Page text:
Thursday, January 15, 2009

Living In Oz (Part 2): The Family Man's Bachelor Plan

Never Really Lost - Todd Thibaud (mp3)
A Beautiful Life - Everclear (mp3)

I re-watched The Family Man over the Christmas break and found myself amazed at how differently the movie played out for me now as opposed to it's release in 2000. At that time, I was four years married and enjoying the insanity of our first newborn. The movie felt important because it's a very moving argument for the very life we were accidentally forging for ourselves.

Almost a decade later, here's what stuck with me: It's a highly-flawed male-minded fairy tale.

You have a guy -- Jack Campbell -- who's living the Perfect Bachelor Life. He's as wealthy as the day is long. He is king of the hill at his job and enjoys every stinkin' minute he spends there, even Christmas. Screw those family-centered underlings and their whiny babies! Work first! He sleeps with models. And probably other women hot enough to be models yet more enjoyable for dinner conversations. These women arrive at his apartment door in coats covering nothing underneath but really hot lingerie.

He is consummately gifted as a lover. Great wealth, great job, numerous lovers, mad skillz in da sack. In other words: a completely fictional character. This is the fantasy life of most men. In reality, rare are the men who can be all of these things. Rarer are those would can live it for very long.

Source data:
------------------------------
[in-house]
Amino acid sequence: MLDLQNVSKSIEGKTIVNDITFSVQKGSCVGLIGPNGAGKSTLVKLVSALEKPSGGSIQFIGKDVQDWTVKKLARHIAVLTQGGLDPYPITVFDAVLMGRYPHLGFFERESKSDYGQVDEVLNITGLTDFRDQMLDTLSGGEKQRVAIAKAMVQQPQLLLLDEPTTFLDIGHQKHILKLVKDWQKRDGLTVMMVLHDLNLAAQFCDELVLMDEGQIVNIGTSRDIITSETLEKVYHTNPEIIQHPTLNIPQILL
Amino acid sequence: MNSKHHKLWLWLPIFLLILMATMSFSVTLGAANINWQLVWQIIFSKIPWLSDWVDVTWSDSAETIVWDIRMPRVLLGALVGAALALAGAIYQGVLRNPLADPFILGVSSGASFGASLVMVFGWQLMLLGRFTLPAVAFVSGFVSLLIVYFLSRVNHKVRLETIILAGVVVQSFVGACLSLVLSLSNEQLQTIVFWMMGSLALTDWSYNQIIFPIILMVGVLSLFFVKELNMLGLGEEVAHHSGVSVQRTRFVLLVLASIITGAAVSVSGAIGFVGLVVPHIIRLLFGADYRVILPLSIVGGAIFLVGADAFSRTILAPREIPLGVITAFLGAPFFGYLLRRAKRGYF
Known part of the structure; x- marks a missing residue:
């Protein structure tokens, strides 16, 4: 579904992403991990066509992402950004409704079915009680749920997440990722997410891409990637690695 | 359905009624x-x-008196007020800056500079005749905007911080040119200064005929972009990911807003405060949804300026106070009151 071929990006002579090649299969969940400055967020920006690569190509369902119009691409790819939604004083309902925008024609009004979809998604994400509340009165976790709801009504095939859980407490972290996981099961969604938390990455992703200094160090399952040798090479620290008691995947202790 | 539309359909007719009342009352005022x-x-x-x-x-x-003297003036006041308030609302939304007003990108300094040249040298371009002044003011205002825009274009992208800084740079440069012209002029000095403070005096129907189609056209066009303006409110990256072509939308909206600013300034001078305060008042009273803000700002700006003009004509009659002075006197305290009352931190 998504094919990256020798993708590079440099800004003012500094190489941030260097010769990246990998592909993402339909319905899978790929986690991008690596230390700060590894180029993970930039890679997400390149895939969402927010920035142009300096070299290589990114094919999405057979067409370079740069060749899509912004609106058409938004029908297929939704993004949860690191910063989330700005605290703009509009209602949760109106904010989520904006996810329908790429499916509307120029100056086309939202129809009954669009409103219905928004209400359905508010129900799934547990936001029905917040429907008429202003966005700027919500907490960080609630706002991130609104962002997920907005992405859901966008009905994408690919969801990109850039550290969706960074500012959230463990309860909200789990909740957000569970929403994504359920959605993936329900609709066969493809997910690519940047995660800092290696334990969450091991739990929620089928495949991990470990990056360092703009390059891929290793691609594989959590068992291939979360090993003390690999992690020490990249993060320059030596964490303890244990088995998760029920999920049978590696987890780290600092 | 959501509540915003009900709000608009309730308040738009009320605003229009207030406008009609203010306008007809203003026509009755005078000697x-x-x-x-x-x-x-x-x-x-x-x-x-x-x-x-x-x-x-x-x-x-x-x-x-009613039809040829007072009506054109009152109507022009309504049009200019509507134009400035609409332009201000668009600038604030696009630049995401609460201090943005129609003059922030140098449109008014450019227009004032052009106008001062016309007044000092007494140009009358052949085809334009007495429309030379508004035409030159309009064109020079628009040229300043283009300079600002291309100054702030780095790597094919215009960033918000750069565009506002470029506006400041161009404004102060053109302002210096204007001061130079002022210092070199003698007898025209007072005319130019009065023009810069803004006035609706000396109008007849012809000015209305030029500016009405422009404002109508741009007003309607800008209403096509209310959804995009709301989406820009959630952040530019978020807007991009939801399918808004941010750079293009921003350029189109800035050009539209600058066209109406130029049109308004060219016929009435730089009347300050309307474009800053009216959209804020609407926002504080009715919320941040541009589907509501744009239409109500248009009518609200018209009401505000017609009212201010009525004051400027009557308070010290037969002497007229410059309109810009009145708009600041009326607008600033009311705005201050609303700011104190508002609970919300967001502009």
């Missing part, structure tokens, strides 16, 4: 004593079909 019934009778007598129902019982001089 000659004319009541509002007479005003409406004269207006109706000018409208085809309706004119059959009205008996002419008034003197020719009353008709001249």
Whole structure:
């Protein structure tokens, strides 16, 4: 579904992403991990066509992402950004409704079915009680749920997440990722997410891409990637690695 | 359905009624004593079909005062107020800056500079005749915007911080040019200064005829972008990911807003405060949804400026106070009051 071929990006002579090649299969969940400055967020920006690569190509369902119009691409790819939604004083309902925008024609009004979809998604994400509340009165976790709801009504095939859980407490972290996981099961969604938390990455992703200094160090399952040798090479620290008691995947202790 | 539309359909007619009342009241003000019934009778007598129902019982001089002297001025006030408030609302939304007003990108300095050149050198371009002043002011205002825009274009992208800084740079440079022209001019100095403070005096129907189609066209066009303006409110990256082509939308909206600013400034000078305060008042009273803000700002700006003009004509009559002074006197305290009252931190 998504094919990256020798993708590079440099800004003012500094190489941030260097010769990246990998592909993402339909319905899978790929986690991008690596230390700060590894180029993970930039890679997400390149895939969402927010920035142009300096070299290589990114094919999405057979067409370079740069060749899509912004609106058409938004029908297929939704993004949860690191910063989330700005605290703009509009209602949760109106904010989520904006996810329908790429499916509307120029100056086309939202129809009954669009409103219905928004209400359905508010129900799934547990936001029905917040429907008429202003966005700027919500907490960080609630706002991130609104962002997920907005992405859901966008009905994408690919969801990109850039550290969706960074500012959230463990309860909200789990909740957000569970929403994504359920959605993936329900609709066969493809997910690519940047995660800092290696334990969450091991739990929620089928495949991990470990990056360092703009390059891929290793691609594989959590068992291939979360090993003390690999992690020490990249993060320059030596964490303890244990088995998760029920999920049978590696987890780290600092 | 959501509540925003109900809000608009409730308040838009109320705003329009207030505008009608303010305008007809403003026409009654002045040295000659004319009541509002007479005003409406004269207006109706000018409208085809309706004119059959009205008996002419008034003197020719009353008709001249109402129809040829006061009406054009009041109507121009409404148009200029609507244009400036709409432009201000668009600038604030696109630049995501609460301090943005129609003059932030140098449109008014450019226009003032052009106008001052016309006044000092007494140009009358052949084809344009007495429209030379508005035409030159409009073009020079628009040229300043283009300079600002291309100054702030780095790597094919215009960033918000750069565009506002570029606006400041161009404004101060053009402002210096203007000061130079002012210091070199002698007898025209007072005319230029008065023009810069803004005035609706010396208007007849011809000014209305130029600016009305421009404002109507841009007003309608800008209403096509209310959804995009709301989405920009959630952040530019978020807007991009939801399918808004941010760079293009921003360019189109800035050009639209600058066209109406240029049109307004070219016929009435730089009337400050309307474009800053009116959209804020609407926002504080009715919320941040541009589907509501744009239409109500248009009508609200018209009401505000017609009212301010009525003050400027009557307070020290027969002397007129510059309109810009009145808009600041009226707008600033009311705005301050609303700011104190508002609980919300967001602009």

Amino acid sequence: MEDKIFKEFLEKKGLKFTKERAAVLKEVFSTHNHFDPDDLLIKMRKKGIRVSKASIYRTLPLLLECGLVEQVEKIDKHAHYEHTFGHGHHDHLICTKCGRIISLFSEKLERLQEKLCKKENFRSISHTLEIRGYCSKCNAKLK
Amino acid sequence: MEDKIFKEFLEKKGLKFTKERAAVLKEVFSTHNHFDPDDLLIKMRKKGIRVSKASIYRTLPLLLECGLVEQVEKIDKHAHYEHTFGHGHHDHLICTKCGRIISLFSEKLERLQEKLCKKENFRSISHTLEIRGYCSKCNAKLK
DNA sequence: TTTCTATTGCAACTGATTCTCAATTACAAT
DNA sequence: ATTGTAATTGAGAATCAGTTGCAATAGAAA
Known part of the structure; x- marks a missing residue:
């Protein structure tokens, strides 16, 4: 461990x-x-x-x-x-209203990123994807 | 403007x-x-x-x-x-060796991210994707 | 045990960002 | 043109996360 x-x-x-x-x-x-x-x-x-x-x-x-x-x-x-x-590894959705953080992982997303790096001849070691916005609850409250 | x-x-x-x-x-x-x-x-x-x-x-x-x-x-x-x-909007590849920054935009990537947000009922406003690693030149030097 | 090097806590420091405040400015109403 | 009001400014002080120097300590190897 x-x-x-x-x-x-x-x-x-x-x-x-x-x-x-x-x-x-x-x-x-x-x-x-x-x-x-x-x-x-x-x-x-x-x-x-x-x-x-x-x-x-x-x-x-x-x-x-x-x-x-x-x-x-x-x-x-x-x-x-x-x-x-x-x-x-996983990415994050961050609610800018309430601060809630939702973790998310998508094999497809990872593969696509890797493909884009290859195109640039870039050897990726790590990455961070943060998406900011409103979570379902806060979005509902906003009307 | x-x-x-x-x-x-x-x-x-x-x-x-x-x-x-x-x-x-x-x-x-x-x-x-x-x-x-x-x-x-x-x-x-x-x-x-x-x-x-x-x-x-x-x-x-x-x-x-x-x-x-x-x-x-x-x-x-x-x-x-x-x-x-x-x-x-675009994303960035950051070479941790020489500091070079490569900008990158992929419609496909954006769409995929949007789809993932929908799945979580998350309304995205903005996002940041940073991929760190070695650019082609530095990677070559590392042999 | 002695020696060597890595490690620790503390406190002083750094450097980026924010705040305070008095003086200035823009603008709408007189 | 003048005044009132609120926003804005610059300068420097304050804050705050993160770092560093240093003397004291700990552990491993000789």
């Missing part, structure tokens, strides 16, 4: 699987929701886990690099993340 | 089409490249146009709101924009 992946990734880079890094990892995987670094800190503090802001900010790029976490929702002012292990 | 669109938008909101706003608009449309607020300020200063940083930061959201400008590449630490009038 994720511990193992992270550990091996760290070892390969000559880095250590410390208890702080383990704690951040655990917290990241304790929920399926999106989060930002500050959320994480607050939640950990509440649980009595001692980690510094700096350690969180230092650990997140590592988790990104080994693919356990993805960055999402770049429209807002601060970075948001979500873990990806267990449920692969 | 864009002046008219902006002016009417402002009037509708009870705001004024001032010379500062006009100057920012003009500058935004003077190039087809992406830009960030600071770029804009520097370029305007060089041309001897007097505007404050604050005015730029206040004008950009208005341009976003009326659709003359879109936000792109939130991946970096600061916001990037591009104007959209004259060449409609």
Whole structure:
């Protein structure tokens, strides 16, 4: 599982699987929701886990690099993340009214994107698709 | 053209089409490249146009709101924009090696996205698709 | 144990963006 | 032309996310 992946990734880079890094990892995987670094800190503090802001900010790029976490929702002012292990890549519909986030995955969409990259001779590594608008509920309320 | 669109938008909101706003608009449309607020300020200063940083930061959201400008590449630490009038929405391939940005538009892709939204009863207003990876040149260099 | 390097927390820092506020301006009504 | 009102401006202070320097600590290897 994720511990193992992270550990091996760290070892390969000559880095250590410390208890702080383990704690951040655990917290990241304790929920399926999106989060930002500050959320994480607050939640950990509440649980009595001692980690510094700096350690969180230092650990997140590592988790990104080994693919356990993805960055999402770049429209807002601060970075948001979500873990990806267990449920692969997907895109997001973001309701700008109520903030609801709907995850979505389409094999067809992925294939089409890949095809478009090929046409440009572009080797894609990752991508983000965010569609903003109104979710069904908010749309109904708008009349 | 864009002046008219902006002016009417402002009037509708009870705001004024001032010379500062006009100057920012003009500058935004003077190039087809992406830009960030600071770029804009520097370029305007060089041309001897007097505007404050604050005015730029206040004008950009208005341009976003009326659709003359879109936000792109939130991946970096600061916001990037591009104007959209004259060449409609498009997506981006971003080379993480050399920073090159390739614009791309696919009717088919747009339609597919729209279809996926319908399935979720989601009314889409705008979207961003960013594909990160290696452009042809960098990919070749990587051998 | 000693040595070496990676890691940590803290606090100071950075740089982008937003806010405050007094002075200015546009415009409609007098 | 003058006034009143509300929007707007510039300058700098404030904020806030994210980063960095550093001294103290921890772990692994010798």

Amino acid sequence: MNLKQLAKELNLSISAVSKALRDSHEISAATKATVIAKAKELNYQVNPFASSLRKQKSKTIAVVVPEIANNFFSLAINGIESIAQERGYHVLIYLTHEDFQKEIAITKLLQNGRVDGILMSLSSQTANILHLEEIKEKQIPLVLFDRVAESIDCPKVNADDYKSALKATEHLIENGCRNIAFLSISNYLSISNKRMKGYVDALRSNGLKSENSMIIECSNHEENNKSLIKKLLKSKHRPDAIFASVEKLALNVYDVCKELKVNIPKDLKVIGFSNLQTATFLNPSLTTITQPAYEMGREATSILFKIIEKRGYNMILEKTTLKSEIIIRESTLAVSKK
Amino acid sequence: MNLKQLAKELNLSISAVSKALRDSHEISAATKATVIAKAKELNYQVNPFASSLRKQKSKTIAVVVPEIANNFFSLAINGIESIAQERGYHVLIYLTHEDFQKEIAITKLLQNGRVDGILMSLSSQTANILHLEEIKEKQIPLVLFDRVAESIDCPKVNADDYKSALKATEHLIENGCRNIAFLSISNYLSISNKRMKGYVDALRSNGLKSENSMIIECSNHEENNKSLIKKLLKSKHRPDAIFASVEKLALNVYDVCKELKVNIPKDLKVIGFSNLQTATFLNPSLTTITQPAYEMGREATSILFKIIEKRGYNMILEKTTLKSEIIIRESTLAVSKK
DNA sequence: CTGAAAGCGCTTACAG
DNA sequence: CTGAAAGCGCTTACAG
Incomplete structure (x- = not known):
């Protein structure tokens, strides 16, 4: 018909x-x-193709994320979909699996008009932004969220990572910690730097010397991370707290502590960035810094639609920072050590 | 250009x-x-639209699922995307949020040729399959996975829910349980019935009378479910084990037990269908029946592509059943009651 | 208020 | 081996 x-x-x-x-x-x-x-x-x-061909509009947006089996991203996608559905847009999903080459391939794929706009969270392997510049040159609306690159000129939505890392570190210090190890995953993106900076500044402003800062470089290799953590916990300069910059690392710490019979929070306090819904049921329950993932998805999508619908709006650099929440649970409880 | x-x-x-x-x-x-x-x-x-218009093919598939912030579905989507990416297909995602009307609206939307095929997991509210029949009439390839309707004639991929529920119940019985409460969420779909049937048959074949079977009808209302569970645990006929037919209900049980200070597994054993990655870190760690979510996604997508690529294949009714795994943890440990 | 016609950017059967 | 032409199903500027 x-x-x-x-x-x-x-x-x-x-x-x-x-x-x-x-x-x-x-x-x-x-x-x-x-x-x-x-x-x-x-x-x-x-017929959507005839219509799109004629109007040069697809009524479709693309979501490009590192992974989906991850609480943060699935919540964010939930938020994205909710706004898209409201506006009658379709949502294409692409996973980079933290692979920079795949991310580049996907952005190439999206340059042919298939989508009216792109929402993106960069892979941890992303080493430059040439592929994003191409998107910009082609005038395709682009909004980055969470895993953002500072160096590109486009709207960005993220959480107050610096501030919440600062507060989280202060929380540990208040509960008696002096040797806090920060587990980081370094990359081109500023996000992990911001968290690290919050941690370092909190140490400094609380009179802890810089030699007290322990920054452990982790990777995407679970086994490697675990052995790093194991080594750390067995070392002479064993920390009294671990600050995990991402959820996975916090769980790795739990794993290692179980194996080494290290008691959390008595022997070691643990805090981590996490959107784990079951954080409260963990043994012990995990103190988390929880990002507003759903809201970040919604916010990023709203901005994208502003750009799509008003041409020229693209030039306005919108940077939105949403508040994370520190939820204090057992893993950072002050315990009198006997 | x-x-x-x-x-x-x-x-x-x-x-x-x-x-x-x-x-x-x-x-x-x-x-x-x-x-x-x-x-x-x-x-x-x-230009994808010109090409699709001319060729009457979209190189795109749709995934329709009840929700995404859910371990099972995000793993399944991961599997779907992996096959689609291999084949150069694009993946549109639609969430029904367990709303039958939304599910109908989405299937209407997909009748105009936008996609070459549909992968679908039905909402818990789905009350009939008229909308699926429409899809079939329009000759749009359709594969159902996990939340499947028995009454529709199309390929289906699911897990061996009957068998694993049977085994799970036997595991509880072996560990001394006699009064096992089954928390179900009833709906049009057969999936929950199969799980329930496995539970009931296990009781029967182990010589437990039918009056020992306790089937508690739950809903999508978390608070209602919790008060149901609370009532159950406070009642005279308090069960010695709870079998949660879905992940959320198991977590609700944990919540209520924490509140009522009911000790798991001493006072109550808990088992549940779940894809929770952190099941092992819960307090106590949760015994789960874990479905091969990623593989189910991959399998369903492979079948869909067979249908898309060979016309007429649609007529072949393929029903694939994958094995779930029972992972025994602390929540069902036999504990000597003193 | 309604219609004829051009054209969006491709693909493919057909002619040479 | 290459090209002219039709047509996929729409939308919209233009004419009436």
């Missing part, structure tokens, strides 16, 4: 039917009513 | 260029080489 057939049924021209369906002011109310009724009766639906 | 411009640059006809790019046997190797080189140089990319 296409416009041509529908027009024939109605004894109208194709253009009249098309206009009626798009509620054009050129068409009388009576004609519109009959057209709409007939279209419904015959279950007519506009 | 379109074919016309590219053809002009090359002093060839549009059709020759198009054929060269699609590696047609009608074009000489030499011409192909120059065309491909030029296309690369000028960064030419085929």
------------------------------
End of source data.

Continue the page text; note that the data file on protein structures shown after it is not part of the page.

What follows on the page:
So, why does Jack Campbell of the Perfect Bachelor Life turn into The Family Man? I love this part...

Campbell dares to tell an "angel" character (played by the always-awesome Don Cheadle) that he's got everything he wants out of life. The hubris of this claim apparently offends the angel, who then forces Campbell to "glimpse" the life he could have had for himself had he married the girlfriend he ditched 13 years prior.

It takes a while, and it's an amusing and sometimes heartwarming (read: cheesy) ride, but of course Campbell eventually realizes he loved -- and could still love -- that woman. Which would be tough, 'cuz Tea Leoni is [sarcasm] soooooo hideous, and her character is a stick in the mud [/sarcasm] . (Although she's not atop my hot list, she never looked better than in this role.)

Don Cheadle forces this guy to realize that his perceived happiness at earning mad quan and getting laid all the time was only holding on because it had never been challenged by alternate possibilities. And now that he's seen what could be, he'll never be happy with what is. Which is to say, his Perfect Bachelor Life now feels meaningless and isolating.

What kind of fucking angel would screw with someone like that? I see that you're happy. In fact, you're TOO damn happy. By God, I'm gonna make you realize you should be sad, alone and depressed!

The movie concludes (SPOILER ALERT! ON A MOVIE THAT CAME OUT EIGHT YEARS AGO!) with Jack thrust back into his real life, searching out that long-lost girlfriend, convincing her in his wacky crazy Nicholas Cagey way to postpone her departure to Paris so she can have coffee with him and hear about the children they never had together and the house they never lived in together. And it's safe to believe they have officially begun their life together, 13 years after they shoulda coulda.